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Mr. P.C.'s Guide to Jazz Etiquette and Bandstand Decorum

Vote P.C.!

Vote P.C.!

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Dear Mr. P.C.:

Will being in a swing state improve my swing playing?

—J.P., Atlanta

Dear J.P.:

On the surface, at least, this is pretty obvious. Right now I'm in a writing state, so I'm writing. Tonight I'll be in a reading state, so I'll read. If I were in a swing state, would I play swing? You bet! When else would I swing better? And for the same reason, if I were in a blue state I'd play the blues.

What's interesting is that there are actual parts of our country known as "swing states," and of course if you were living there, you'd always try to swing, whether you were in a mental swing state or not. You could still play other kinds of music; they'd just wind up swing-inflected, and that's not always a good thing. Take "swing state" Wisconsin, for example: When oom-pah-pah meets chang-chanka-chang, is it polka with a swing feel, swing with a polka feel, or some ungodly hybrid of the two?

It's cultural clashes like this that have brought "swing states" to the attention of political analysts. They've even co-opted the term, using it to describe any state where opposing factions are in an unhealthy and precarious balance.

Dear Mr. P.C.:

My family and I have moved around a lot over the years, and that leads to my question. Besides the usual repertoire, each jazz community has one or more extra tunes musicians are supposed to know. So maybe Portland likes "Stablemates" while Philly likes "Inner Urge" and Pittsburgh likes "Voyage." My question is, who decided these things? And how can they be changed?

—Tuned Out

Dear Tuned:

Instead of dragging your family from one state to another, wouldn't it be easier to just learn the "extra" tune where you're living? No matter where you are, "Satin Doll" and "Take the A Train" won't be enough, but that's no reason to pack up and leave.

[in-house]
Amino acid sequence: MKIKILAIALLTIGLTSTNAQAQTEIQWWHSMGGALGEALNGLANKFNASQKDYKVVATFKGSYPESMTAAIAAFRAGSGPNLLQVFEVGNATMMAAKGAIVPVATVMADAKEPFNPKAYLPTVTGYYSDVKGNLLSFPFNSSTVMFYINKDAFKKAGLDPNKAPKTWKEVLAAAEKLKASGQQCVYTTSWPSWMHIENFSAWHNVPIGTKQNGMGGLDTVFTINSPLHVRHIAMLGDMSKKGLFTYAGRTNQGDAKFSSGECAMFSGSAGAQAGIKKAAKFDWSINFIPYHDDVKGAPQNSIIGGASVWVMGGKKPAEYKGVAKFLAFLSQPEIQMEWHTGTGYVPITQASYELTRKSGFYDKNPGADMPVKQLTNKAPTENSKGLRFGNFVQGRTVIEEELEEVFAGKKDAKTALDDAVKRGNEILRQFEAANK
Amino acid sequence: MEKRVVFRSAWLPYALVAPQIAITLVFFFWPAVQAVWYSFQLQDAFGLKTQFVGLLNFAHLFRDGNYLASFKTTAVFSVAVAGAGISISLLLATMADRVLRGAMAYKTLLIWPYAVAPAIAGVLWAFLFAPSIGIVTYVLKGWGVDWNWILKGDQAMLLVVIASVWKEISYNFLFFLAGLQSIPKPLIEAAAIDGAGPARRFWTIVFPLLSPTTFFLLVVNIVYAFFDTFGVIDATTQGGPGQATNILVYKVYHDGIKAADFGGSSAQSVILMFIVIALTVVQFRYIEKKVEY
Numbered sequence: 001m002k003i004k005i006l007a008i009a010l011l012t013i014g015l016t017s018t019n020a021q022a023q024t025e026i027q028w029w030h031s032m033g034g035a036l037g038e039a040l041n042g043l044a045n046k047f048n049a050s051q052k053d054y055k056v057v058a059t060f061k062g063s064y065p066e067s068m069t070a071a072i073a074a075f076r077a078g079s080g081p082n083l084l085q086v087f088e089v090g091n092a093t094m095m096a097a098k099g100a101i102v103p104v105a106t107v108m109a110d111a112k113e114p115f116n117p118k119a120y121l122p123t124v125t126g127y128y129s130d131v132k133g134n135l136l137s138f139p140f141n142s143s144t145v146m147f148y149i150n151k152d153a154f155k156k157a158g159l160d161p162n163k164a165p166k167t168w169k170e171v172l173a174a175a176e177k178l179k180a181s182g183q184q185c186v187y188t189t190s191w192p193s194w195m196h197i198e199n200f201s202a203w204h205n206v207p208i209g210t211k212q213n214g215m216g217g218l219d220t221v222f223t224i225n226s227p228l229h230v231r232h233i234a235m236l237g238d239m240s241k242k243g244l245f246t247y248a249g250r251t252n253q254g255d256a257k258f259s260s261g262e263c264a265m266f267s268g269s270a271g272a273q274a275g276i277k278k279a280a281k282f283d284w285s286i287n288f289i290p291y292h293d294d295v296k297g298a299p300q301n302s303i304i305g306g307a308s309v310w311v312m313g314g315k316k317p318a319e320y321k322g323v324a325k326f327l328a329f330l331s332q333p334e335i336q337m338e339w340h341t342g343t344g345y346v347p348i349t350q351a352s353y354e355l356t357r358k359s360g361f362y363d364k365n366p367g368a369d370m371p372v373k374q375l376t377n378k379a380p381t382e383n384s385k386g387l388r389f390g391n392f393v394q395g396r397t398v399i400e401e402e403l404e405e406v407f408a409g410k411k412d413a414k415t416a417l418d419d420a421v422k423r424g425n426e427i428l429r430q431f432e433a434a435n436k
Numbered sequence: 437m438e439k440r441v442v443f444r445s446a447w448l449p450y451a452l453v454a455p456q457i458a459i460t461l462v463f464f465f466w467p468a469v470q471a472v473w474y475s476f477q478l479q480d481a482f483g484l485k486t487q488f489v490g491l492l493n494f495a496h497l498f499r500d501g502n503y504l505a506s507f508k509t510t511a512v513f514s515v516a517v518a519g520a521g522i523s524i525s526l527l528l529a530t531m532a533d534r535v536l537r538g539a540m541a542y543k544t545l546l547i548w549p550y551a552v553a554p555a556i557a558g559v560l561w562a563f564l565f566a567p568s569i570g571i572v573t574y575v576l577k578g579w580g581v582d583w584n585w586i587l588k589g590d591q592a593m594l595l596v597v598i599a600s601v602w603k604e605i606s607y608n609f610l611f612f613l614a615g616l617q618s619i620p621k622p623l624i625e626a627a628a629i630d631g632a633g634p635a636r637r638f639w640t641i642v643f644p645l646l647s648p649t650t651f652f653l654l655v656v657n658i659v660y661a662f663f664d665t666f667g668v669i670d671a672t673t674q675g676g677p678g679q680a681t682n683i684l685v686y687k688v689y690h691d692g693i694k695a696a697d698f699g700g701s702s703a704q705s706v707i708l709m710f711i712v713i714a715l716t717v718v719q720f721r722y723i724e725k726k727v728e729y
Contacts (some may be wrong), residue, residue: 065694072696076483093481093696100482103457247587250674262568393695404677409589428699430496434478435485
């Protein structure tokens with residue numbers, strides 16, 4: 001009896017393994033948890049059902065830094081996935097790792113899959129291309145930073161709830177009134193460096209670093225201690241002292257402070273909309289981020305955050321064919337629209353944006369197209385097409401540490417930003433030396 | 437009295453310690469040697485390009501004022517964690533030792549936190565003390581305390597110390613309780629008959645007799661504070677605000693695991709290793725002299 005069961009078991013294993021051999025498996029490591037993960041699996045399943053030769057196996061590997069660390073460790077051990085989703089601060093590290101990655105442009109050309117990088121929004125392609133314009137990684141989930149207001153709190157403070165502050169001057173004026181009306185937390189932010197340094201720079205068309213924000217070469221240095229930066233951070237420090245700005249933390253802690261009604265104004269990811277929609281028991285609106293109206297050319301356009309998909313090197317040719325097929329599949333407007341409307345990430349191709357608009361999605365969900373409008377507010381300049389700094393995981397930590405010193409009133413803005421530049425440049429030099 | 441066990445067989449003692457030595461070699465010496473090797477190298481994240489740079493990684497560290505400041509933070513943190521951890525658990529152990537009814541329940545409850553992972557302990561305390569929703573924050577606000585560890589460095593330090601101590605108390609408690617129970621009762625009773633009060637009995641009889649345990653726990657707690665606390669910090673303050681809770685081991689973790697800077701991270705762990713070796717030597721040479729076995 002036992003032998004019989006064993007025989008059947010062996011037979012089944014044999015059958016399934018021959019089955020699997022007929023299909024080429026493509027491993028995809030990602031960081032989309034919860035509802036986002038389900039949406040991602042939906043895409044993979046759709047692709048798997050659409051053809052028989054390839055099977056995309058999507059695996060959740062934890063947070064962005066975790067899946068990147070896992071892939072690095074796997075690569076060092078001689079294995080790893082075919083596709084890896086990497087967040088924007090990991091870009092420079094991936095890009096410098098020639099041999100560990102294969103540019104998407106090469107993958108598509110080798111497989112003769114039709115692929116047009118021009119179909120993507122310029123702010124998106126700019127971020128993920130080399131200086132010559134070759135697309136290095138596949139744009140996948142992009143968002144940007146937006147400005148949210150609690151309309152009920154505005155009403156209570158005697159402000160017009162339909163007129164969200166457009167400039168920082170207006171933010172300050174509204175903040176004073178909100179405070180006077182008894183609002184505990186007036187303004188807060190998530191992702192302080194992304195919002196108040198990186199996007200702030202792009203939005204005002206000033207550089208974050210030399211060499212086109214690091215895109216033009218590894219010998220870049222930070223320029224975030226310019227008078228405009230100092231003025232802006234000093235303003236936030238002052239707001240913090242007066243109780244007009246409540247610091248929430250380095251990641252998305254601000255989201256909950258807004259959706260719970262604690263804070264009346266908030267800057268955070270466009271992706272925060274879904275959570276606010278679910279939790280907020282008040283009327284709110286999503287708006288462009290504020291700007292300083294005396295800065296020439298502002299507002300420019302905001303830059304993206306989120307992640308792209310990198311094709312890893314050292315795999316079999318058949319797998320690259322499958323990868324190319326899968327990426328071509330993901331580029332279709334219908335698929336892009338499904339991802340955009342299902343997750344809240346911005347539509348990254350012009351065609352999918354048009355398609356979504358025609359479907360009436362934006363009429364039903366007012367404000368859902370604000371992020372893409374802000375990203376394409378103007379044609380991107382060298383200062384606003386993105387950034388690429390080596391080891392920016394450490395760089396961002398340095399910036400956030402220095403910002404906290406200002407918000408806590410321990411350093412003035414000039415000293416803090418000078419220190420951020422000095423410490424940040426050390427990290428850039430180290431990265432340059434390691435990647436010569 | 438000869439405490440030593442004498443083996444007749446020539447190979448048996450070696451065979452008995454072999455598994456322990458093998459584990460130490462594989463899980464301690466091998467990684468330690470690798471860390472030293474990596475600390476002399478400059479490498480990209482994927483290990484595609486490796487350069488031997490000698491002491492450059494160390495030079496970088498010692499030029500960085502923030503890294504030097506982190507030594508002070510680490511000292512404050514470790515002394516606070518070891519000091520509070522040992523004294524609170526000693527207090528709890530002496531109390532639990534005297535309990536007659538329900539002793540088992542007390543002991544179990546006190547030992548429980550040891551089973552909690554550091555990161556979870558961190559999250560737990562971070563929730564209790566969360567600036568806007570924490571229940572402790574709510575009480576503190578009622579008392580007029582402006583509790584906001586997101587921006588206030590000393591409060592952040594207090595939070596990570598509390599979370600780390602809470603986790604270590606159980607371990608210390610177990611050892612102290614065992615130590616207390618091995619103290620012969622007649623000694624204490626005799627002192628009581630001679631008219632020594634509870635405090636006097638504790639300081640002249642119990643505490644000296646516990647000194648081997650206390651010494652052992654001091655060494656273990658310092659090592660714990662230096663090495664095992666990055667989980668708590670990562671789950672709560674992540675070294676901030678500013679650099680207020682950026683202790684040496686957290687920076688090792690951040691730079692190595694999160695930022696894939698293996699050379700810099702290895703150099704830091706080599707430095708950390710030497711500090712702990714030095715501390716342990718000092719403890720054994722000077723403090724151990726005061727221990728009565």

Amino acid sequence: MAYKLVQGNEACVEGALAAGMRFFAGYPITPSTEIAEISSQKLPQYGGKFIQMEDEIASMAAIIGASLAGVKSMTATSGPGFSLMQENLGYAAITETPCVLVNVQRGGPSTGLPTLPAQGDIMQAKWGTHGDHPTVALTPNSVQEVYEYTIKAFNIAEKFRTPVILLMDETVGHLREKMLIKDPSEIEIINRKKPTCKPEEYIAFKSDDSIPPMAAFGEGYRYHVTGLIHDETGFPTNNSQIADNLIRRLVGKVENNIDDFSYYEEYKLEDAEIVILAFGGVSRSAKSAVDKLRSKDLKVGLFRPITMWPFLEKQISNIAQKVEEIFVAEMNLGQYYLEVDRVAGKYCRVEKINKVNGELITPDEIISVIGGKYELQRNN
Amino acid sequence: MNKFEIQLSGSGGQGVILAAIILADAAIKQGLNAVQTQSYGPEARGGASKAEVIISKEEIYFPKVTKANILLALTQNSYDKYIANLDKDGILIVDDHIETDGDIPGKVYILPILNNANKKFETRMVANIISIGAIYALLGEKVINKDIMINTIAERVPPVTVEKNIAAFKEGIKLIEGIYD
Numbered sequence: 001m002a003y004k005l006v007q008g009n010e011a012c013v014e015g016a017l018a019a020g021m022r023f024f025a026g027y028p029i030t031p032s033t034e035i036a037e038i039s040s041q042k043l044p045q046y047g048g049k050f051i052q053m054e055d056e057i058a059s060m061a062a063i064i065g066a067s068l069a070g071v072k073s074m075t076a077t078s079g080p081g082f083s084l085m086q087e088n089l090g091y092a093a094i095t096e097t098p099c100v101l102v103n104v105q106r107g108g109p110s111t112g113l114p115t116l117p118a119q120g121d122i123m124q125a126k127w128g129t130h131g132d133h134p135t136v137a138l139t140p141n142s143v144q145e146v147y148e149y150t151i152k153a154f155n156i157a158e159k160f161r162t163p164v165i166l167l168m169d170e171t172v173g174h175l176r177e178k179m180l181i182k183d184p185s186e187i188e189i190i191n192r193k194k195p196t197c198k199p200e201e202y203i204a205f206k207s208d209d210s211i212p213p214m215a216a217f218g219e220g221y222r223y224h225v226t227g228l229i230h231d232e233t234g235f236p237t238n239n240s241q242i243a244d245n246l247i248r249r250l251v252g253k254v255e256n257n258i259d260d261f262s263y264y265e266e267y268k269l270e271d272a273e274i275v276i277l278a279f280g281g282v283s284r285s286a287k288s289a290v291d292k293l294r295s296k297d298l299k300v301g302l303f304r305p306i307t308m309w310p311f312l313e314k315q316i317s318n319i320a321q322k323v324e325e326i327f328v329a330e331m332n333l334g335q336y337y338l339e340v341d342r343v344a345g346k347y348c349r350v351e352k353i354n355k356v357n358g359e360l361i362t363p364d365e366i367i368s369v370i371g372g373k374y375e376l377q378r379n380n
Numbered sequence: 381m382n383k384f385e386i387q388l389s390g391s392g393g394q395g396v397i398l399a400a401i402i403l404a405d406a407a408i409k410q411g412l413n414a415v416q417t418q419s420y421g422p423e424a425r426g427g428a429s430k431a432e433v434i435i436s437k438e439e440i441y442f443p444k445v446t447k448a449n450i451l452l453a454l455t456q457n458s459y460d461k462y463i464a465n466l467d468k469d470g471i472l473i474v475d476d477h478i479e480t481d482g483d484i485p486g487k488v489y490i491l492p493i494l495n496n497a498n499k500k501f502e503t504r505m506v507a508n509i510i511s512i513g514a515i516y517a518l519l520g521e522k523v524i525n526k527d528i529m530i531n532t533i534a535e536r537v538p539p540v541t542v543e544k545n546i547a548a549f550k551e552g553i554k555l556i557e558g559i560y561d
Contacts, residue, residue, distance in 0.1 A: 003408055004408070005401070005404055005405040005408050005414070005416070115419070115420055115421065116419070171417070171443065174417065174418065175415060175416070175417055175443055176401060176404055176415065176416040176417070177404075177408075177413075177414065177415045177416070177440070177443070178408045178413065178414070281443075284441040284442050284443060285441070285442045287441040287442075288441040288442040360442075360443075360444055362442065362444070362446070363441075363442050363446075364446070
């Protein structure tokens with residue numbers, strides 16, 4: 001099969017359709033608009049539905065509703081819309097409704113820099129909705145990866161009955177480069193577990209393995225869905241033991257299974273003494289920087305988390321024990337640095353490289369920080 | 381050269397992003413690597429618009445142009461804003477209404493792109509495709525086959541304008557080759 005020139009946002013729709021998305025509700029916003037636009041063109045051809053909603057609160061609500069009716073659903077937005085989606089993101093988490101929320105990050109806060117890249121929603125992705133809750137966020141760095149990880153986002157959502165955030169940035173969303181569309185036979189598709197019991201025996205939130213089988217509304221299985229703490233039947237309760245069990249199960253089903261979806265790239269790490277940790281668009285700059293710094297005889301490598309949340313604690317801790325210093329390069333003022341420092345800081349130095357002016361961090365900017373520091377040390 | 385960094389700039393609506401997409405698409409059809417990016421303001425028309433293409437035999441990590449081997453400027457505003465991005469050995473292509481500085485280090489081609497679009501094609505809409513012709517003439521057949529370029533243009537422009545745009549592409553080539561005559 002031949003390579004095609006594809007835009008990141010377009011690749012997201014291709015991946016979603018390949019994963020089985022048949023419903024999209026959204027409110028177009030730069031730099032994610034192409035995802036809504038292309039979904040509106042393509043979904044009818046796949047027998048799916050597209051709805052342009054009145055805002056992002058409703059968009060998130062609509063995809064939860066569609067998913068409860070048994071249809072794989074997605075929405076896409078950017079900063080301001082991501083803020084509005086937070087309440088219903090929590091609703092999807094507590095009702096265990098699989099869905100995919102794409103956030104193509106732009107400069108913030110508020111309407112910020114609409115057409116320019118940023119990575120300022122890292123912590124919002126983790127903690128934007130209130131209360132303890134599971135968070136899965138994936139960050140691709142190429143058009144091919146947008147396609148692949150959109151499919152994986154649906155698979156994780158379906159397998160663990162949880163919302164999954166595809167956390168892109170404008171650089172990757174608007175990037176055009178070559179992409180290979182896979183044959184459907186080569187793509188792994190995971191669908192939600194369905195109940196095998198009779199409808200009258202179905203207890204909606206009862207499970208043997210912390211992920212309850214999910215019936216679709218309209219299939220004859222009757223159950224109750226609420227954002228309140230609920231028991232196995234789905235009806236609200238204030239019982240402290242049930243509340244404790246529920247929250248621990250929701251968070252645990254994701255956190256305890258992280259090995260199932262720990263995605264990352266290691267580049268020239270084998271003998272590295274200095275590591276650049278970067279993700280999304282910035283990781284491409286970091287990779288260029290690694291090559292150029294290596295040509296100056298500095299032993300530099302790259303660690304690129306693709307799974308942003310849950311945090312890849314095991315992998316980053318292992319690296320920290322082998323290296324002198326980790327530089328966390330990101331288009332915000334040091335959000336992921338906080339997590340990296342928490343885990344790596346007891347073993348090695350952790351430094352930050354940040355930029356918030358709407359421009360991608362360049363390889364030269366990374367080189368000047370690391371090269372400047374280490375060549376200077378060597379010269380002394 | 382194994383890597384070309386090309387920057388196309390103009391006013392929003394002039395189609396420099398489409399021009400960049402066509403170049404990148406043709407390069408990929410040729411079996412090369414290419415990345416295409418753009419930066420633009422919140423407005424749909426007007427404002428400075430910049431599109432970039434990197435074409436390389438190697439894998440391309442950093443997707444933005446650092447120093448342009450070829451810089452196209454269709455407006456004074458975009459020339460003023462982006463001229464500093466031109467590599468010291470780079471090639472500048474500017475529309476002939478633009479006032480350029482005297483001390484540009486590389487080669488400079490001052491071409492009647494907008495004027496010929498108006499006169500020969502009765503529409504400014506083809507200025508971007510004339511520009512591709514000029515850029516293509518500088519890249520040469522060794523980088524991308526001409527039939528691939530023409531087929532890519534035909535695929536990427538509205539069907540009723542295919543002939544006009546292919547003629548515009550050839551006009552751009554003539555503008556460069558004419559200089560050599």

What you're missing is the big picture: Tunes are just a bunch of notes and chords, then there are scales and licks that go over the chords, then the starting notes happen again, in the same order, at the end. The songs may have different names, but take out the starting notes and the game is the same: there are only twelve scale degrees, and you just have to play them fast enough that no one knows which is which.

If that doesn't work for you, you could do some research to find a city with an "extra" tune you happen to already know. But there's always a danger the city will change its tune, sending you and your family back into the night; tuneless jazz refugees in perpetual flight from the unknown.

Dear Mr. P.C.:

You know how when we were children we had to clear our plates because of the poor children in Third World countries who didn't have enough to eat? Well now every time I have a glut of gigs, I think of the poor musicians in Wyoming who have nowhere to play, and that shames me into playing every single gig I'm offered. Do I get points with you for that?

—Sated In San Francisco

Dear Sated:

If they're poor musicians, doesn't it make sense no one hires them? And what does Wyoming have to do with jazz—is it even a swing state?

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